Immune antibodies are activated when antigens like germs or viruses invade our bodies. Now a team of Korean scientists has developed the world’s first optogenetic tool to regulate antibody activities. This study is expected to lead to innovative treatments that boost efficacy and reduce side effects
These are cancer cells seen under a microscope. When they are illuminated, immune antibodies are activated and attached to antigens. This slows down the growth of cancer cells and stops metastasis. When immune antibodies in other cells are illuminated, the antibodies get affixed to the antigens and render them powerless in just a minute of two. A team of scientists from the Korea Advanced Institute of Science and Technology developed the world’s first optogenetic tool to activate intercellular antibodies and suppress antigen activities. The key to this technology is using blue light to activate non-active, split antibodies.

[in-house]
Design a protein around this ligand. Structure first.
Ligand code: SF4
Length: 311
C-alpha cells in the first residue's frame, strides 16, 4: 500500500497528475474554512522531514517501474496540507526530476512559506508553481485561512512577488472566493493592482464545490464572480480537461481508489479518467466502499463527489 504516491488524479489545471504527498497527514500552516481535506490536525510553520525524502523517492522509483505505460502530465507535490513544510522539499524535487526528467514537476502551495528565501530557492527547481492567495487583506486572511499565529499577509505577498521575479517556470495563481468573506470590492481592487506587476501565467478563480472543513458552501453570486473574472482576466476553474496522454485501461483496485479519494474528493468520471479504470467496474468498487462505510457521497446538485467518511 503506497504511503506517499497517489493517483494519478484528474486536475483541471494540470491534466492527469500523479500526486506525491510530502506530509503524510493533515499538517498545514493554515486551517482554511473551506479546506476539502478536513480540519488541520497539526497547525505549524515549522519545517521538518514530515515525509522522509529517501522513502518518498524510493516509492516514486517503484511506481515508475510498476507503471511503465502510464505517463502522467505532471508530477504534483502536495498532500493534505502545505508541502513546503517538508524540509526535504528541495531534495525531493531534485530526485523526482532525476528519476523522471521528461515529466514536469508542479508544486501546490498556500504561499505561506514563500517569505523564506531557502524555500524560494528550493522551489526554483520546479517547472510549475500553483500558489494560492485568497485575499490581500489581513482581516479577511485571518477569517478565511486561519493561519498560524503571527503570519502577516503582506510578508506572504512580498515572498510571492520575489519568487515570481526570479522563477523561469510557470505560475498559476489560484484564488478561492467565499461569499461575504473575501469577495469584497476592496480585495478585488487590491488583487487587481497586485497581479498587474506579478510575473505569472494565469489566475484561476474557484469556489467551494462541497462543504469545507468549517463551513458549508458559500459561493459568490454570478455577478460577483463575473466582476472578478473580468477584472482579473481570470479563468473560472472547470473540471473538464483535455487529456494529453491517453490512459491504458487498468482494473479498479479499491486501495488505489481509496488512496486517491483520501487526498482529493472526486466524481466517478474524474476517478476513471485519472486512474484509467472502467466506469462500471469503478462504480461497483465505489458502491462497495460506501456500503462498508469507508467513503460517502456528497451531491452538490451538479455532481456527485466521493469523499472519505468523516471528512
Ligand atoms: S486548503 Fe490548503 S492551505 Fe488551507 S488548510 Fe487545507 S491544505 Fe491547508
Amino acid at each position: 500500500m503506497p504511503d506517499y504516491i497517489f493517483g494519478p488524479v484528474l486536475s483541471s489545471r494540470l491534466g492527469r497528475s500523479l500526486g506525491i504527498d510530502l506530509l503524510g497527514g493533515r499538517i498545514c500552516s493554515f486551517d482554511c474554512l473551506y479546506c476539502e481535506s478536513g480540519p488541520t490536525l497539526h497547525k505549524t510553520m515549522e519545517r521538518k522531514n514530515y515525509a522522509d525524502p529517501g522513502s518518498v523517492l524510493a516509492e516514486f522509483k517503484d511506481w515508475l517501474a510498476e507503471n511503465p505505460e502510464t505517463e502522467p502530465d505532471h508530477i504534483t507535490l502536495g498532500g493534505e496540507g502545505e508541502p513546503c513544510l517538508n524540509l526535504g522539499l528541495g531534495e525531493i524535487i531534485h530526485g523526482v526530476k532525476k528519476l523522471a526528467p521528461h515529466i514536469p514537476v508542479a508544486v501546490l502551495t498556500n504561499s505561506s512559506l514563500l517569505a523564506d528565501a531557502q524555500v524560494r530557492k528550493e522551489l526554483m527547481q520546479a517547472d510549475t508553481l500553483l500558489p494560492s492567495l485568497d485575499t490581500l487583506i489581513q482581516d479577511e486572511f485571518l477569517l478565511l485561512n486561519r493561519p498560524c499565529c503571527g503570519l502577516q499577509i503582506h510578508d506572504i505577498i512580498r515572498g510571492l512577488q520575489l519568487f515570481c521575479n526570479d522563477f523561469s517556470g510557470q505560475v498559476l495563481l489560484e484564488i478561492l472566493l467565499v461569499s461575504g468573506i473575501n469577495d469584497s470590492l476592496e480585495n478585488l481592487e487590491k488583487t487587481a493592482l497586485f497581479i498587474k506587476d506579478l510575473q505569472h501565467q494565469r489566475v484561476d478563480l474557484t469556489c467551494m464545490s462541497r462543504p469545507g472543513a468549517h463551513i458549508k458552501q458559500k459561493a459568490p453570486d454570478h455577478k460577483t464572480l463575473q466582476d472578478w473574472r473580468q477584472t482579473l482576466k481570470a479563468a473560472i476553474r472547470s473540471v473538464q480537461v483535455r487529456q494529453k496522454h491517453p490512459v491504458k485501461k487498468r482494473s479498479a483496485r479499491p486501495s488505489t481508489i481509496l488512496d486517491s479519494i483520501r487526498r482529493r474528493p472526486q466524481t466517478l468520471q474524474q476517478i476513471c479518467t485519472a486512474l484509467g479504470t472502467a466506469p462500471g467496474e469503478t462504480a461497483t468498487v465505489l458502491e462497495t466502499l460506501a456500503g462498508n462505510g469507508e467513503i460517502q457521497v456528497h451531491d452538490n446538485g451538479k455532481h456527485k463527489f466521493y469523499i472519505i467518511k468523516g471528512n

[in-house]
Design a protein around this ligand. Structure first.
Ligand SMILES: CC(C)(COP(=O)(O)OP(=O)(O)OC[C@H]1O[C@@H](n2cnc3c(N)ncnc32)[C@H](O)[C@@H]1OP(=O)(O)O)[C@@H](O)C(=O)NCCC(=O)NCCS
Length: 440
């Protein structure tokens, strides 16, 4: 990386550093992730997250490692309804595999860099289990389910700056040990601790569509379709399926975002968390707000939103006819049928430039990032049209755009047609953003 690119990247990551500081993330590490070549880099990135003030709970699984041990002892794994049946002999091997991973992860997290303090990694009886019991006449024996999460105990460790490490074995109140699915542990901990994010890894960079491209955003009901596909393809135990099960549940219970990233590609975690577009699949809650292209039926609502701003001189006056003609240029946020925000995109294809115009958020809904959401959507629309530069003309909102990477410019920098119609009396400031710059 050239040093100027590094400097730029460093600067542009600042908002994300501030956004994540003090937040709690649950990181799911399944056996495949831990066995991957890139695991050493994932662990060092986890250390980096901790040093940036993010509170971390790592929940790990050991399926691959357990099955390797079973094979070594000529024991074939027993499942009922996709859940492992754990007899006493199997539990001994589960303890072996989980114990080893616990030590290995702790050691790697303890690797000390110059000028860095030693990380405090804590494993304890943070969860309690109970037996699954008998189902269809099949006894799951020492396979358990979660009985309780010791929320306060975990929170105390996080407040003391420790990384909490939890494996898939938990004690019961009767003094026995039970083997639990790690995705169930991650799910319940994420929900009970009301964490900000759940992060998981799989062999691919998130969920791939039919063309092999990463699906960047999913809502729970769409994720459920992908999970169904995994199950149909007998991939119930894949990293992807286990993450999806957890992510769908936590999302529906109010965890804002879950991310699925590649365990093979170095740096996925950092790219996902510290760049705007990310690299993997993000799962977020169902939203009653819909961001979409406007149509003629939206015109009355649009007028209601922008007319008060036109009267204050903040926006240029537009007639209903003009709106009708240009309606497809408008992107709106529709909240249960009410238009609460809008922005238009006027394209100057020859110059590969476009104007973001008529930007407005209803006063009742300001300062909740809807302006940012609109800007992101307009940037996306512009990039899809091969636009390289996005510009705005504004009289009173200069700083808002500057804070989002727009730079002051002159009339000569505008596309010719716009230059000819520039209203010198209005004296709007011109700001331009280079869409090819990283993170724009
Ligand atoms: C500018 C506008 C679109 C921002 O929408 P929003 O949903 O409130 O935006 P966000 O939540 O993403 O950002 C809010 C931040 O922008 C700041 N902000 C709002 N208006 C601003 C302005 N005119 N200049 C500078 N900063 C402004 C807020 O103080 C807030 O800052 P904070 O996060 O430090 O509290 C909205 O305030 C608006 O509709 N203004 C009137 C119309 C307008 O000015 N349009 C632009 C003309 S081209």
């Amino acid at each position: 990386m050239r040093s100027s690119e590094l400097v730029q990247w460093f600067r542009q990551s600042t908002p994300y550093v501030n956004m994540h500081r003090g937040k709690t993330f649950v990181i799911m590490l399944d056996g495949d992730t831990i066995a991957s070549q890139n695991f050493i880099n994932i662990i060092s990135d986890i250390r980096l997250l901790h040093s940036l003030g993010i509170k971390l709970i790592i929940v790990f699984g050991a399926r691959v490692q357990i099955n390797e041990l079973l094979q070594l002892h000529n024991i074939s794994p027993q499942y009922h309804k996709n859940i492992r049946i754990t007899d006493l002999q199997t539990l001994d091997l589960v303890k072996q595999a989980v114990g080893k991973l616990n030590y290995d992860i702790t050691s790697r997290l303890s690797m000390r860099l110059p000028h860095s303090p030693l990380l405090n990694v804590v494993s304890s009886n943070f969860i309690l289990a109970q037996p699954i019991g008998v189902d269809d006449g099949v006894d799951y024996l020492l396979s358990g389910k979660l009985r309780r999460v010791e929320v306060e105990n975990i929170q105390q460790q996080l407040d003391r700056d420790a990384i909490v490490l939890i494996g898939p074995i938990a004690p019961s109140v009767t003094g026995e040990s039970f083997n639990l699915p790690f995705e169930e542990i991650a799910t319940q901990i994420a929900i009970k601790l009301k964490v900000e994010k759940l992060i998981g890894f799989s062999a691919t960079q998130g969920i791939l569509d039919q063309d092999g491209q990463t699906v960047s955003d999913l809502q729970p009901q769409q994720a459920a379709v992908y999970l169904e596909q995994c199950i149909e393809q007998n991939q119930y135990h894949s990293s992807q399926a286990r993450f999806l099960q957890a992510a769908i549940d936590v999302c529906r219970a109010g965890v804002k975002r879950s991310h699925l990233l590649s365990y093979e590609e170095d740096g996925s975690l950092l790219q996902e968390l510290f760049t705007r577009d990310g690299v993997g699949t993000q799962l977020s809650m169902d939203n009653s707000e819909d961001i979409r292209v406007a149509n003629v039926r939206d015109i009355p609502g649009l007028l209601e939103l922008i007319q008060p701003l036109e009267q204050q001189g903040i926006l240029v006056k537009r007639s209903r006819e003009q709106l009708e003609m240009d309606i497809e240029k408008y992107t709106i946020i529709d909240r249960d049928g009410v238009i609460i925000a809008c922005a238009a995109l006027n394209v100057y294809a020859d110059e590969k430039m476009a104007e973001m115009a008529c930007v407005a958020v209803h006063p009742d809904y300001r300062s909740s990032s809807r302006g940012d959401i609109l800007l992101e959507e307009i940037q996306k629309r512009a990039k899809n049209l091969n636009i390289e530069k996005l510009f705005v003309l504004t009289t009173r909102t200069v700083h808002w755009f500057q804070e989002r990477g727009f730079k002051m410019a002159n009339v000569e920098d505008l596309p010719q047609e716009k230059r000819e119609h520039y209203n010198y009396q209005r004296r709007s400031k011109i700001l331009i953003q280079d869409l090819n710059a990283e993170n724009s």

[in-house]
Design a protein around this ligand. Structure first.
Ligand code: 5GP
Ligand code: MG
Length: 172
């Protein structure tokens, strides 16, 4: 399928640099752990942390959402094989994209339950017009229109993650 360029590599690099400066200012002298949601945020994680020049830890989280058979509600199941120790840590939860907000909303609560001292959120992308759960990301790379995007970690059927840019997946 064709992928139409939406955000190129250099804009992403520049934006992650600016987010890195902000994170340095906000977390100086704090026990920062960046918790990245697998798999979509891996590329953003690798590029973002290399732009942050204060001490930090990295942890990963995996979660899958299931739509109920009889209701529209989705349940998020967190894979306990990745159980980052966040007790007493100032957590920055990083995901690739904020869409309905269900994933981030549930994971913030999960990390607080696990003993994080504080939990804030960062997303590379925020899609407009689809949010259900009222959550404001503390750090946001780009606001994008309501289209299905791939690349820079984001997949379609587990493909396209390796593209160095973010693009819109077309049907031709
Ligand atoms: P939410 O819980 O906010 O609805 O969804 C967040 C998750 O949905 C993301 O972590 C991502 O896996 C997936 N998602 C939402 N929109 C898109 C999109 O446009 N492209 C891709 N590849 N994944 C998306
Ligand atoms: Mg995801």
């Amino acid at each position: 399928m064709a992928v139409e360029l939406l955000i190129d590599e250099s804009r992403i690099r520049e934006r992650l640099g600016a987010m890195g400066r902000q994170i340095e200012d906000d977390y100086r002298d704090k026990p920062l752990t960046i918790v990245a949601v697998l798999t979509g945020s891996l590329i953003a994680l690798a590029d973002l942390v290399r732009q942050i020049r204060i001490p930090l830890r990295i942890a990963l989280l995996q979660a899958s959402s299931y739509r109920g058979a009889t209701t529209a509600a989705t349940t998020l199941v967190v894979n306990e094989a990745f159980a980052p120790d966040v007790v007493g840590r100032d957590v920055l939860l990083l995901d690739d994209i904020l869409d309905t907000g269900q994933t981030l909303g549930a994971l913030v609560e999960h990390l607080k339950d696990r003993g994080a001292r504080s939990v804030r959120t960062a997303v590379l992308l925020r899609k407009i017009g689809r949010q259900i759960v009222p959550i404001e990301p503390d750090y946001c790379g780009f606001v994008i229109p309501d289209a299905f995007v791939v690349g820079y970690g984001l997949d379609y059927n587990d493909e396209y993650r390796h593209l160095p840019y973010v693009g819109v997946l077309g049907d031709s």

[Soundbite] YU DASEULI(DOCTORATE CANDIDATE, KAIST) : “We attached protein that reacts to blue light to antibodies so that the antibodies can be activated and attached to antigens.”
When this tool is applied to disease treatments, it is possible to more precisely regulate the treatment, to reduce hair loss, vomiting and other side effects of cancer treatments. Side effects are produced when medicine penetrates areas other than the target body parts.
[Soundbite] PROF. HEO WON-DO(KAIST) : “It can activate antibodies at select areas for the duration we desire. Through this method we can reduce side effects and maximize efficacy.”